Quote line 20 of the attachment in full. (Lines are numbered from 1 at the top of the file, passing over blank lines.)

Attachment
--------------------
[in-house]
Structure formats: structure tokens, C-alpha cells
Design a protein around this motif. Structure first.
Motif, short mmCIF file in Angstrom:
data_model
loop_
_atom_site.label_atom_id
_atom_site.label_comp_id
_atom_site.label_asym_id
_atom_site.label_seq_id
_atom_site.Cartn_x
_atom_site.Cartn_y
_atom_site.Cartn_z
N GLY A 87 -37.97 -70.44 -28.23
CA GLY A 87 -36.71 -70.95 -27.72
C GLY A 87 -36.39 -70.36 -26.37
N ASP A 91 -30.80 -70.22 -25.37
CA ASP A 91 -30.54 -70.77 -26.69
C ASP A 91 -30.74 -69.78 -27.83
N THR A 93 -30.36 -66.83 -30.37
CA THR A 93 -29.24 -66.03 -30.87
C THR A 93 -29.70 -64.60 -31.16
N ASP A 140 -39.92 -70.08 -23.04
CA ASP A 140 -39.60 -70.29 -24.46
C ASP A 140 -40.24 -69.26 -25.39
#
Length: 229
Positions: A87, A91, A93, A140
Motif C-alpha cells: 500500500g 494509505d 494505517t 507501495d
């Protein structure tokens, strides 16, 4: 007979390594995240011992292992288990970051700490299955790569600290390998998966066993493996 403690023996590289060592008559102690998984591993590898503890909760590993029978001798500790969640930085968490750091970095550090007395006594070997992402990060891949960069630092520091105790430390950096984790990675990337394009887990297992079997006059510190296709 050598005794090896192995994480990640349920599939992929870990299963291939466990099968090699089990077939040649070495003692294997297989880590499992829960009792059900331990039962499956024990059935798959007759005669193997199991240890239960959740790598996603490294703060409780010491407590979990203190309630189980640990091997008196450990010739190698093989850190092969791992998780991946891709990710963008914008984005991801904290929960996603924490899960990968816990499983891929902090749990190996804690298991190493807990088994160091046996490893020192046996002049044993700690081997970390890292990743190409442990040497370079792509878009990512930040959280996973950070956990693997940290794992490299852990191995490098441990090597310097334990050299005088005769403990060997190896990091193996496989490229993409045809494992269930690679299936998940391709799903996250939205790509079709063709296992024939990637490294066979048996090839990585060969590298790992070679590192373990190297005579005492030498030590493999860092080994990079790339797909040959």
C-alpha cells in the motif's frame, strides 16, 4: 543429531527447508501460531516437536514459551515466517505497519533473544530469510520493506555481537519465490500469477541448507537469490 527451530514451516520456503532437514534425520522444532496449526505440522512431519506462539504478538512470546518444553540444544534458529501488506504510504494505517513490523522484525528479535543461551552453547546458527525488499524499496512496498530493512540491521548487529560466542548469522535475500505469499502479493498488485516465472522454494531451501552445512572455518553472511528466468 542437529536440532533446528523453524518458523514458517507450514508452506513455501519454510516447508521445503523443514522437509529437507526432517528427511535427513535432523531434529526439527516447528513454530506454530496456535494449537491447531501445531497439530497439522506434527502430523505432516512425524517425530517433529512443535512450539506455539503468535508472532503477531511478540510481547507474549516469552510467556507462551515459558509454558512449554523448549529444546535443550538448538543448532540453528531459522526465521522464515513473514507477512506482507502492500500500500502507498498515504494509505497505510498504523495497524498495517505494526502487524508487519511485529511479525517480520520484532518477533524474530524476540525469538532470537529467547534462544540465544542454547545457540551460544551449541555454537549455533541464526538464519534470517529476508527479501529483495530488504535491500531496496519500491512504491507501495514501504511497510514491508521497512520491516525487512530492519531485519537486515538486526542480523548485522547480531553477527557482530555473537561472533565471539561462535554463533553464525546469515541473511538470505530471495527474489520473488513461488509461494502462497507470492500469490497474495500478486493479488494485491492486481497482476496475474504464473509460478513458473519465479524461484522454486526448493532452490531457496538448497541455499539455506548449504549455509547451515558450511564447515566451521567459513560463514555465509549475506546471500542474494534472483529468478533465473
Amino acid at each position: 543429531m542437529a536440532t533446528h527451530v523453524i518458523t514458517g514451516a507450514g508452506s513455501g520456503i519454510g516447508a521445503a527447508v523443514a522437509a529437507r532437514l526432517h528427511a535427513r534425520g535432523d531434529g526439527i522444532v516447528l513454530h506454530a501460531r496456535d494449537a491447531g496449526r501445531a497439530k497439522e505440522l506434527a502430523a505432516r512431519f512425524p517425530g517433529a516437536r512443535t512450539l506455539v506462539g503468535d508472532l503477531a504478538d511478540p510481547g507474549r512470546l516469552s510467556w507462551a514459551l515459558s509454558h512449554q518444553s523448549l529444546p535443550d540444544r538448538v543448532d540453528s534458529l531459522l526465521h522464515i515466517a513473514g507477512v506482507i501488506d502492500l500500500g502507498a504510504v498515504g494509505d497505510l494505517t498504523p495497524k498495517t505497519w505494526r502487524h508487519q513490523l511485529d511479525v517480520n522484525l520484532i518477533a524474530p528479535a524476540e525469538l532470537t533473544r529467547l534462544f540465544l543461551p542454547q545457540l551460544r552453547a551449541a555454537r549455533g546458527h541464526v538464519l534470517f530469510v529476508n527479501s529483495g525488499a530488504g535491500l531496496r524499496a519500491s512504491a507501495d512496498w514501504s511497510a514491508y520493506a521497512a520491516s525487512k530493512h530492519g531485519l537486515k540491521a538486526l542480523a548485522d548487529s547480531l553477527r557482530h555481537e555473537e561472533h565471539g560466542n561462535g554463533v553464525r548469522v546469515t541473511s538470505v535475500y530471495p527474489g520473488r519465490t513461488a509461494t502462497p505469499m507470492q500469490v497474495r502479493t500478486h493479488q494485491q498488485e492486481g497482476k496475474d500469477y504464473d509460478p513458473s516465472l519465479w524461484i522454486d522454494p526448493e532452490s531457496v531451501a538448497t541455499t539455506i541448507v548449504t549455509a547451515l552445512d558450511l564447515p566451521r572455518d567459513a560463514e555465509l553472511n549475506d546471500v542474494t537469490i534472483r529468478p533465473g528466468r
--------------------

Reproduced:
N THR A 93 -30.36 -66.83 -30.37